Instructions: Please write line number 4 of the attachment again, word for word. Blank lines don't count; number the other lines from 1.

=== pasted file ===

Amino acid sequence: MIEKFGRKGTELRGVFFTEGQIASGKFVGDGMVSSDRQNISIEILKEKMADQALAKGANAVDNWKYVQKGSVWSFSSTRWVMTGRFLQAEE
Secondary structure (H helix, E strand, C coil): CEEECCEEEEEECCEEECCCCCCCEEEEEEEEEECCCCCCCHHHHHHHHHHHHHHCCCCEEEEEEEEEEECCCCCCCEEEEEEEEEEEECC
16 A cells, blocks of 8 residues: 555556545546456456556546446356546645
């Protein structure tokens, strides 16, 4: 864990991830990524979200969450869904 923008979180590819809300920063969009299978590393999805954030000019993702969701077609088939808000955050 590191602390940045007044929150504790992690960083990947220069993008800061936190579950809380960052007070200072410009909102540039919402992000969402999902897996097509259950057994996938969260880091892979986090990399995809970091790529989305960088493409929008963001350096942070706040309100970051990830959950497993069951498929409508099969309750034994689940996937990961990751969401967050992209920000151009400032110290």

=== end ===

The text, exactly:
């Protein structure tokens, strides 16, 4: 864990991830990524979200969450869904 923008979180590819809300920063969009299978590393999805954030000019993702969701077609088939808000955050 590191602390940045007044929150504790992690960083990947220069993008800061936190579950809380960052007070200072410009909102540039919402992000969402999902897996097509259950057994996938969260880091892979986090990399995809970091790529989305960088493409929008963001350096942070706040309100970051990830959950497993069951498929409508099969309750034994689940996937990961990751969401967050992209920000151009400032110290």